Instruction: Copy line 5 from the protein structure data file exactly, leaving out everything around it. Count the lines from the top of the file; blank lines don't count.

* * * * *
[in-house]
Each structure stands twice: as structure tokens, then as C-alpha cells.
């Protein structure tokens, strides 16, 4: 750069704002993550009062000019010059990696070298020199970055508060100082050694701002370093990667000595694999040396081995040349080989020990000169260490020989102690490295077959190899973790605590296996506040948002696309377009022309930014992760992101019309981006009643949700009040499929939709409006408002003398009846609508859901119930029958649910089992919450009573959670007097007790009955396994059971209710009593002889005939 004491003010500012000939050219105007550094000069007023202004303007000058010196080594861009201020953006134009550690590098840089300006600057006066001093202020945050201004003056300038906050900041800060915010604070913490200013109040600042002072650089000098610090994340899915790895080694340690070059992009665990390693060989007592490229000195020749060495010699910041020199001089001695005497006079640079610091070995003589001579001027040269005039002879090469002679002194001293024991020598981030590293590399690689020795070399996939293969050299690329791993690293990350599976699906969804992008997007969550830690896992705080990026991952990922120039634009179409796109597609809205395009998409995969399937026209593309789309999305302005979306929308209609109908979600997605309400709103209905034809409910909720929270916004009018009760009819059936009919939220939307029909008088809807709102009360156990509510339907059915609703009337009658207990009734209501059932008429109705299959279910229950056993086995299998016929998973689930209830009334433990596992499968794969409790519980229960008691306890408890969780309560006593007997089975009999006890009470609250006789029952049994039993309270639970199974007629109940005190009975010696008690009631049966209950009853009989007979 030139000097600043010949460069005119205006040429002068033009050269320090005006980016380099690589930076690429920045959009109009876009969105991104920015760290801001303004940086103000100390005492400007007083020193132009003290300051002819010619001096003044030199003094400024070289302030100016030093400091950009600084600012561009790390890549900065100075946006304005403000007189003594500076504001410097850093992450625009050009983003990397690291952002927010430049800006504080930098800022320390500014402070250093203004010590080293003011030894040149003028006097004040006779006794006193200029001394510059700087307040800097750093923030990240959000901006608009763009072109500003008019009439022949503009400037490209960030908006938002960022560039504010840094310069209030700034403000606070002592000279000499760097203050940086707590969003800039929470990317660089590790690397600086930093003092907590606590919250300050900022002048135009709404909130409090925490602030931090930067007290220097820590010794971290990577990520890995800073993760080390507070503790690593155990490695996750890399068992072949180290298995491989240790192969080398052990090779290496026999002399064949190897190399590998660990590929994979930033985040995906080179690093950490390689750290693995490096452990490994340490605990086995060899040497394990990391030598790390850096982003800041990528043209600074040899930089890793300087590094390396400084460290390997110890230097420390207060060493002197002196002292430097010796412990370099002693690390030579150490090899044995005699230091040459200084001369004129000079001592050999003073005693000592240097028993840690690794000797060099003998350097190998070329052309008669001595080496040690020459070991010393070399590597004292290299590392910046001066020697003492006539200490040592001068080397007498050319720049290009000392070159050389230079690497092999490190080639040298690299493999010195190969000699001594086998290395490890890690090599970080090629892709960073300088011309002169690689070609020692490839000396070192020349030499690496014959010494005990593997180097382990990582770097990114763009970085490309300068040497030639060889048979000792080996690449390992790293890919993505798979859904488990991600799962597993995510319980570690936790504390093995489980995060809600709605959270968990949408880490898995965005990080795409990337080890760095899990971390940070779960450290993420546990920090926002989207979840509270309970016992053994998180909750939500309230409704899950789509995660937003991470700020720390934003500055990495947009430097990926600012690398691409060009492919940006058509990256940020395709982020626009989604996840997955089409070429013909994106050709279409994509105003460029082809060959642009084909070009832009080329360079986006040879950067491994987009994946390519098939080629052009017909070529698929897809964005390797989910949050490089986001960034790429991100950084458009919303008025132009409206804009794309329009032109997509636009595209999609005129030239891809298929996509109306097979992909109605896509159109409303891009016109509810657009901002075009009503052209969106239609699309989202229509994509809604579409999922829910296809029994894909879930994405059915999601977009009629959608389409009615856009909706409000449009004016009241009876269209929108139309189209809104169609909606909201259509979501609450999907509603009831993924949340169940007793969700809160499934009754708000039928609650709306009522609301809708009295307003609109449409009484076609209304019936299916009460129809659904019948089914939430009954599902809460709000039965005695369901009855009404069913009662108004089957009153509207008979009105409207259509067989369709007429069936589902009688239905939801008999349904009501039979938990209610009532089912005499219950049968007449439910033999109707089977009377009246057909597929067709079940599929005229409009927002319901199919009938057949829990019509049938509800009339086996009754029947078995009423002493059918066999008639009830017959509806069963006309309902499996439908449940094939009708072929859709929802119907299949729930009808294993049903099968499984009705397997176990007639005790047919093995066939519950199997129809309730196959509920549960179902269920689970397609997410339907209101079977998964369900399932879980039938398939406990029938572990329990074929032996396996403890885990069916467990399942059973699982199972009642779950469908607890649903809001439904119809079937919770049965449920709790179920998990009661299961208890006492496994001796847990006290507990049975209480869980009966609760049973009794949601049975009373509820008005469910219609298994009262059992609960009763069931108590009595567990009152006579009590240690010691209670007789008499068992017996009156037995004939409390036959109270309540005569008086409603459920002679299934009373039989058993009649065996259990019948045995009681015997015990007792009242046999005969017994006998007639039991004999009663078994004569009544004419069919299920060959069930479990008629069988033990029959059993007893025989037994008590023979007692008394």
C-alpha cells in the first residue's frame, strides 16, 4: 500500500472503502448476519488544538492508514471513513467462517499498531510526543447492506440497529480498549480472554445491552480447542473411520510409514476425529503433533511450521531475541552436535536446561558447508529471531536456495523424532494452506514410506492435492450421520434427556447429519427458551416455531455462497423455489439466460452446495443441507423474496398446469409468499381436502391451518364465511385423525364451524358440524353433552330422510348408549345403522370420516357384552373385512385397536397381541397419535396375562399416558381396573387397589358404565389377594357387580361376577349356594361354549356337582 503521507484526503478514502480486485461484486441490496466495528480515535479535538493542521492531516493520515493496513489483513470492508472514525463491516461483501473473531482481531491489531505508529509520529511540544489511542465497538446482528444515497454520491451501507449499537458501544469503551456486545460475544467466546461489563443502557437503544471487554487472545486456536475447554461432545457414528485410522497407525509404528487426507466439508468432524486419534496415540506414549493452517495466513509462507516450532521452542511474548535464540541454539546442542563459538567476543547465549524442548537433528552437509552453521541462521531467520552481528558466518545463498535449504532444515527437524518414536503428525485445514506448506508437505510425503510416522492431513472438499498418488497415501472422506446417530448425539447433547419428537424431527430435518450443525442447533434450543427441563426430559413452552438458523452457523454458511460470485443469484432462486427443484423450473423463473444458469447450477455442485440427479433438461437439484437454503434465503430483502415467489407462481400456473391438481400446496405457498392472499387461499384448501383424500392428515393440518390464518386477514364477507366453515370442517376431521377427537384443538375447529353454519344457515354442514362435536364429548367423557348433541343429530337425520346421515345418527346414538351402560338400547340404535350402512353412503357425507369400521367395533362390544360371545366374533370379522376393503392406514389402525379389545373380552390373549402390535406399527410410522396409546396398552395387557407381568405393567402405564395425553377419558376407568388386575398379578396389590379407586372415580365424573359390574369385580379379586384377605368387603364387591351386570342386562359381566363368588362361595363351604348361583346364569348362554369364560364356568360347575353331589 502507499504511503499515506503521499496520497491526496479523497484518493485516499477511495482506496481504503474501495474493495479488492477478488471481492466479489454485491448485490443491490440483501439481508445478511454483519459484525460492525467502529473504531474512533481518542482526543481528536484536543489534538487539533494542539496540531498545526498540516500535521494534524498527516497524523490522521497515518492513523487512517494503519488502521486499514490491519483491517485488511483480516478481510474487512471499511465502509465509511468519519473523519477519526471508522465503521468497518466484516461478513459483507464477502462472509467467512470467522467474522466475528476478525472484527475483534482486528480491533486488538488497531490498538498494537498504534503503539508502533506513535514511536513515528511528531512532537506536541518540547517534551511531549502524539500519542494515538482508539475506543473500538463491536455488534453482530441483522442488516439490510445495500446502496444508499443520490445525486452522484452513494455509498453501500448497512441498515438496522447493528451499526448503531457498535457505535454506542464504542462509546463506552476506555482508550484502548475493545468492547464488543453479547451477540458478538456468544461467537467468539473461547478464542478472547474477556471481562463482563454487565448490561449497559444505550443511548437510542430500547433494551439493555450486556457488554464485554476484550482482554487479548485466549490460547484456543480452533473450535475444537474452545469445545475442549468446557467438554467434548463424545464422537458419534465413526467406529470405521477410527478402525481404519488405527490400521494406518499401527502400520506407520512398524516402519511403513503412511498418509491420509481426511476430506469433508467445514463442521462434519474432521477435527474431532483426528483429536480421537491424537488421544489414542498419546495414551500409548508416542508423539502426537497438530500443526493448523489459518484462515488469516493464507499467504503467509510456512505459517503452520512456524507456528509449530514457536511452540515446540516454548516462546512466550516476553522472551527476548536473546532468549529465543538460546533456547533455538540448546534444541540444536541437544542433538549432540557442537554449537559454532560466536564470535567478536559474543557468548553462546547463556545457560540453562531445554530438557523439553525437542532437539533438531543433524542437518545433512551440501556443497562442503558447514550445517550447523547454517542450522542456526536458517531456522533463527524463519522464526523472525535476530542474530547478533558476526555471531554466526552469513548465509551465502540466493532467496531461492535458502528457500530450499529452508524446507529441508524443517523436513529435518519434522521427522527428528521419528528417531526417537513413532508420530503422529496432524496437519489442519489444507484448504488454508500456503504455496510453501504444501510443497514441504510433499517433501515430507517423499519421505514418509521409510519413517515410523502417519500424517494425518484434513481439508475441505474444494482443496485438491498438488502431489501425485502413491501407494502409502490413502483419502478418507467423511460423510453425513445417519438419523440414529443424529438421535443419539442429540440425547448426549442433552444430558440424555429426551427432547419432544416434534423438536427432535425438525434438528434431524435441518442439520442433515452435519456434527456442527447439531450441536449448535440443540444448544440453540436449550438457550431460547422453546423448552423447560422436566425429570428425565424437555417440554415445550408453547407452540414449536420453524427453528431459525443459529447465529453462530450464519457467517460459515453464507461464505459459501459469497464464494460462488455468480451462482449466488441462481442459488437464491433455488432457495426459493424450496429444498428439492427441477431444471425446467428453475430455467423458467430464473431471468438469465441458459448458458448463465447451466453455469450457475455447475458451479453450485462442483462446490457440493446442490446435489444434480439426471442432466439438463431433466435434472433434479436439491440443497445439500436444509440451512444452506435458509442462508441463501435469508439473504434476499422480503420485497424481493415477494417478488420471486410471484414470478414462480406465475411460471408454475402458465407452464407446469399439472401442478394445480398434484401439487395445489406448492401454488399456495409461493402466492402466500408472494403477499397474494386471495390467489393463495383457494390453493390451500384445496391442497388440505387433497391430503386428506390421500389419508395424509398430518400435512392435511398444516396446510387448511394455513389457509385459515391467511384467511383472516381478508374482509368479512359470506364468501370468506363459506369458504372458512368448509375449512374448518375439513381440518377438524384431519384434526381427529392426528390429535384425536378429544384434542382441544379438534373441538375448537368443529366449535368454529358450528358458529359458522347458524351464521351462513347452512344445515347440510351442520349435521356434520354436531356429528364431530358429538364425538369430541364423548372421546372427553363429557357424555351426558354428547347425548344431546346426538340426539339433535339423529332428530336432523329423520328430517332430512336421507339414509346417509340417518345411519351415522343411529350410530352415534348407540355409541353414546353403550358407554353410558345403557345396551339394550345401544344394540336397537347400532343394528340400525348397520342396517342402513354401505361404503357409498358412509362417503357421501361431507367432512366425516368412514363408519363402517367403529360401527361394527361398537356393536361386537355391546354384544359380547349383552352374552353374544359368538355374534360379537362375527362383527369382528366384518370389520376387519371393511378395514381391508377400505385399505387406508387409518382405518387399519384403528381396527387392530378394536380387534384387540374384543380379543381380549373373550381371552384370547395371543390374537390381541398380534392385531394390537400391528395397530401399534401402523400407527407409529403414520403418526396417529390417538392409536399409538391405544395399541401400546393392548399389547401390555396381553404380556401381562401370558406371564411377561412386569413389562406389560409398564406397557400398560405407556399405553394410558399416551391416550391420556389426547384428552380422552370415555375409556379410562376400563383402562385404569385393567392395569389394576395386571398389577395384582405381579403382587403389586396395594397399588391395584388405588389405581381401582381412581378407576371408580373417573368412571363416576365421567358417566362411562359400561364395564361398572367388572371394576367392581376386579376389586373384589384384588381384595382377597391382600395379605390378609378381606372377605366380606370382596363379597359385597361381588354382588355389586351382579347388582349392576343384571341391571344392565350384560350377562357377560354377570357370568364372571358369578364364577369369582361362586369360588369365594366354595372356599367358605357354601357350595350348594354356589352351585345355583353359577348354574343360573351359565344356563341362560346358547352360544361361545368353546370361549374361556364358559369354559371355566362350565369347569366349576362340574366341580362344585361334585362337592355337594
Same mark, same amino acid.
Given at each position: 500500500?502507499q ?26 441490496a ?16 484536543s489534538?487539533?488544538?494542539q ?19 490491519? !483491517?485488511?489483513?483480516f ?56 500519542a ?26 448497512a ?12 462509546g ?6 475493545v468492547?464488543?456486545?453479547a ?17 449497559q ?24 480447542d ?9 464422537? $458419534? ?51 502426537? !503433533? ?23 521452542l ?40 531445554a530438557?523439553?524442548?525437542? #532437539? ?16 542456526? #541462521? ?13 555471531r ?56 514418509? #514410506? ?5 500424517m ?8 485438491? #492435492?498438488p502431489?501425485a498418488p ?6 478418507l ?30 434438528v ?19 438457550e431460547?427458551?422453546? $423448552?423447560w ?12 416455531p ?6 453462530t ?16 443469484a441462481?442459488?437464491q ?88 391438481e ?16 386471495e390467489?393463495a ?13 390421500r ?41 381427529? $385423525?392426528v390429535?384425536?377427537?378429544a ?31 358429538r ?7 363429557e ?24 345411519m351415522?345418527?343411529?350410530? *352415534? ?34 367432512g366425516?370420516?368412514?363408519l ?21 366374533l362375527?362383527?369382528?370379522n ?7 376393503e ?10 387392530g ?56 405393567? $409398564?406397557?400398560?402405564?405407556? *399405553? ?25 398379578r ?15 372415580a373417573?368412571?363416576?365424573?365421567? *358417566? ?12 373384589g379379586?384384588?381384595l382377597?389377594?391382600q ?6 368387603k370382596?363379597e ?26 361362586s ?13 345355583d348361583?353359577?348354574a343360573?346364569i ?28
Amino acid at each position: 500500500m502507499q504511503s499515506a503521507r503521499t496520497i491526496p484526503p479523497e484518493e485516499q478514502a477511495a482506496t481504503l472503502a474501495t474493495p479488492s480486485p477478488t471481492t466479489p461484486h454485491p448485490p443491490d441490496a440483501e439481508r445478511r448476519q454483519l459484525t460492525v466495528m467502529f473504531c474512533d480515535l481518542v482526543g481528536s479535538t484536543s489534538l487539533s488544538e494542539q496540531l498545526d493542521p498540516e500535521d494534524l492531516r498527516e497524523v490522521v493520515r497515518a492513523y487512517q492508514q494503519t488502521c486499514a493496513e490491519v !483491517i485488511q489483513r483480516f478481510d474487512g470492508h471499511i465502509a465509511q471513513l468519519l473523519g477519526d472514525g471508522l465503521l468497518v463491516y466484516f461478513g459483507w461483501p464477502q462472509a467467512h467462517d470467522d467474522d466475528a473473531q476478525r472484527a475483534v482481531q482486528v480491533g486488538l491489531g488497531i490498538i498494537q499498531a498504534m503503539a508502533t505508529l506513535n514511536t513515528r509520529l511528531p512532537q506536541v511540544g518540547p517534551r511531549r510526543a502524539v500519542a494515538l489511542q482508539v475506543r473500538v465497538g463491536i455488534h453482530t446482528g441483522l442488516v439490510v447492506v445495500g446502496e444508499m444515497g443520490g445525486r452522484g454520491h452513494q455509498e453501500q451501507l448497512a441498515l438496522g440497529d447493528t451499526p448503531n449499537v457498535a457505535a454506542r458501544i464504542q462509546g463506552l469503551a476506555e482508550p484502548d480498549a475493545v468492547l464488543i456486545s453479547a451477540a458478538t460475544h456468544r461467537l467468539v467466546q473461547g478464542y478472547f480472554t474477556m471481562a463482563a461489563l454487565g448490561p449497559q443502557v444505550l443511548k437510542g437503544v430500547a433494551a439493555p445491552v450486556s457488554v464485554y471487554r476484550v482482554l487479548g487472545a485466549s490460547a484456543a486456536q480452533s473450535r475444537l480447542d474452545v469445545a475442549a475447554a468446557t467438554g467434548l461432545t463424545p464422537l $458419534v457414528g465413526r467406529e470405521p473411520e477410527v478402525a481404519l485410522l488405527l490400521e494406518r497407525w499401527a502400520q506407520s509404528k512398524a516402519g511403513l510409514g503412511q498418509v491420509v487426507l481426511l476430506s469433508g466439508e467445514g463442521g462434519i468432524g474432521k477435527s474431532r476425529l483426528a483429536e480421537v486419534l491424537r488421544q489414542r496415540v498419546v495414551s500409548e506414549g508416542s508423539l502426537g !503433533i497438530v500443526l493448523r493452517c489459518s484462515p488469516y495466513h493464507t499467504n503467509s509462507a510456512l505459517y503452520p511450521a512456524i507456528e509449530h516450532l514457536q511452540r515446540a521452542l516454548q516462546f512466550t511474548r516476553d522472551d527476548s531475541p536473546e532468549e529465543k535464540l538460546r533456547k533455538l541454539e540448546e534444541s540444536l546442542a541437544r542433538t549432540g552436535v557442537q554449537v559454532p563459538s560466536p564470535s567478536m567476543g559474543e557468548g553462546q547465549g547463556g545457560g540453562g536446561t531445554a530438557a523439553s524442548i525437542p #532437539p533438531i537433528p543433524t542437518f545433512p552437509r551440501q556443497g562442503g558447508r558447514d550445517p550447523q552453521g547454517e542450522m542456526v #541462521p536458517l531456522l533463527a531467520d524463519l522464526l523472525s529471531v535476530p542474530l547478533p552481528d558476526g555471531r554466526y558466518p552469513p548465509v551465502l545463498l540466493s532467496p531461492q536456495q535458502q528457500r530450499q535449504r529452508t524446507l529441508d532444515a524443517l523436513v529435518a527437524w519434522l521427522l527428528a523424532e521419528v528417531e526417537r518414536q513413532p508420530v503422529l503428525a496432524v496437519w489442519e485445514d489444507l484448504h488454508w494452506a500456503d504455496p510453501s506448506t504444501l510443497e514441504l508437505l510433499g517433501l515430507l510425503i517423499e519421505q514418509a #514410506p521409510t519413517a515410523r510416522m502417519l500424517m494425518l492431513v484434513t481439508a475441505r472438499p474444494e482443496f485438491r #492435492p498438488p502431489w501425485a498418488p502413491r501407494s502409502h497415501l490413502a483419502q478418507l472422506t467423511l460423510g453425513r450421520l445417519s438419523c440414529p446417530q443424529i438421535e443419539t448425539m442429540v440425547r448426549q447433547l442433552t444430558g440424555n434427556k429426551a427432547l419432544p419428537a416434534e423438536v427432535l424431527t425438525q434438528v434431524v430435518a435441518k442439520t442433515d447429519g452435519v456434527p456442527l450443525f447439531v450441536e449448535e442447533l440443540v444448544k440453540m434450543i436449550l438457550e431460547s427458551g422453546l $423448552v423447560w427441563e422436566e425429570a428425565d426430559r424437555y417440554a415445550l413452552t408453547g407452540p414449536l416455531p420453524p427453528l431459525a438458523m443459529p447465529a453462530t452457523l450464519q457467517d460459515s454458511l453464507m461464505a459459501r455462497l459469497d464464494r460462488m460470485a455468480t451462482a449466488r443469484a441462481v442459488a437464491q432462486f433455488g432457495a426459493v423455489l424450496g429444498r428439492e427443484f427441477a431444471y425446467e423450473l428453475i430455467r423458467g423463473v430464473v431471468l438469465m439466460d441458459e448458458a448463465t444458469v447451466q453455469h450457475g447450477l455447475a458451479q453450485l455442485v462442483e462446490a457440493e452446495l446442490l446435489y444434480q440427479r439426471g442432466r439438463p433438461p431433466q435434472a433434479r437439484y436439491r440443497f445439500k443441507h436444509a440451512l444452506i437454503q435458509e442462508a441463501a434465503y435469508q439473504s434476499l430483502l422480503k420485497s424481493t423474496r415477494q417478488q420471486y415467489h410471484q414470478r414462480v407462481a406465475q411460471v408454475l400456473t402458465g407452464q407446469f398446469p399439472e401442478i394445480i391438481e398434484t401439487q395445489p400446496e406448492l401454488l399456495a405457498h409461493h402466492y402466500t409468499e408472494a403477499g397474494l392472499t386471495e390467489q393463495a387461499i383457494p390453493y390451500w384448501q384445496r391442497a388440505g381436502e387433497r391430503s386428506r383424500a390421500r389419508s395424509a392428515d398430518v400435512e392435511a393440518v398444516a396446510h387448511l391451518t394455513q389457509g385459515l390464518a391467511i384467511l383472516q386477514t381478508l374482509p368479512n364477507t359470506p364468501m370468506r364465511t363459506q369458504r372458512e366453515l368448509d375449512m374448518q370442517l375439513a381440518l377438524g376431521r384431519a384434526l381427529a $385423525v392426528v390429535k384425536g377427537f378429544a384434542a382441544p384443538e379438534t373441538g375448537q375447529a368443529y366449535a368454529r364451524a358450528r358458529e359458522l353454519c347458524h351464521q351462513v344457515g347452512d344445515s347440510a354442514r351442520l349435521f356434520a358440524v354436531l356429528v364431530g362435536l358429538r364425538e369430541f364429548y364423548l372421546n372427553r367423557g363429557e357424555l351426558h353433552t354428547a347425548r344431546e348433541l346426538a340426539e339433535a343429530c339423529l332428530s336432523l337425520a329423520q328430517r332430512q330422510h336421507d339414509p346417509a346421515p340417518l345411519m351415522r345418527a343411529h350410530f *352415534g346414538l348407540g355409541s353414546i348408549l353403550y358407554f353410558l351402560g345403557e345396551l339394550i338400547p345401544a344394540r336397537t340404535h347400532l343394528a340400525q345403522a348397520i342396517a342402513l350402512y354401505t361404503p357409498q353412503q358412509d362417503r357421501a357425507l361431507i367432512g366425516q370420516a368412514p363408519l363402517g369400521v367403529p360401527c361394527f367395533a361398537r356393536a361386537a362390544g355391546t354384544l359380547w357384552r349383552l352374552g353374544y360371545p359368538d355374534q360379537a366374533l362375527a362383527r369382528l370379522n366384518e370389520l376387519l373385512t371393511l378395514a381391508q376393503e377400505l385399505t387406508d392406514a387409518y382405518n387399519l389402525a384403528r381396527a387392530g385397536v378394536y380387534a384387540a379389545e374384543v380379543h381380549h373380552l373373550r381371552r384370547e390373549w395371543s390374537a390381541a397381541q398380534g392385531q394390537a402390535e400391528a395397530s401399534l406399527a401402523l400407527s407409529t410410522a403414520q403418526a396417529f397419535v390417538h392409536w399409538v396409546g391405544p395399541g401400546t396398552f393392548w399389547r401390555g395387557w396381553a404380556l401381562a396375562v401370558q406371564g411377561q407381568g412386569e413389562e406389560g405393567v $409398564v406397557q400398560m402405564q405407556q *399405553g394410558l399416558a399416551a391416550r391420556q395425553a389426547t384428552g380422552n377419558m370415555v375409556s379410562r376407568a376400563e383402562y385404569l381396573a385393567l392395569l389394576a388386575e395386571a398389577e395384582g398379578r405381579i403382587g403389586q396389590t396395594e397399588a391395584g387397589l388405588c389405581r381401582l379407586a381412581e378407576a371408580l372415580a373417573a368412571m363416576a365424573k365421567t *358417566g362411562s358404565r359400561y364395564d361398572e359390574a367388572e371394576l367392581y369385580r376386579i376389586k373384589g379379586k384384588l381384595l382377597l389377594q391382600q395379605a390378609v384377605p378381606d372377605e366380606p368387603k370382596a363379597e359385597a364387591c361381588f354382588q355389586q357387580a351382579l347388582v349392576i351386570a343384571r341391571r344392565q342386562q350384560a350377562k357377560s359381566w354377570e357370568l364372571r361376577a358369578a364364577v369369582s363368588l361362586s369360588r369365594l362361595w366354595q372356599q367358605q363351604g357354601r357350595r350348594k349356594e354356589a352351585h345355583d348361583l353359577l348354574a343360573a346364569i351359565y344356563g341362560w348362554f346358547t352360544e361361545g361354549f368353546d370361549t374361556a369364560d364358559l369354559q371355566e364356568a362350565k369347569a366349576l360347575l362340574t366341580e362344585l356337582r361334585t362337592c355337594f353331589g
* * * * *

Same mark, same amino acid.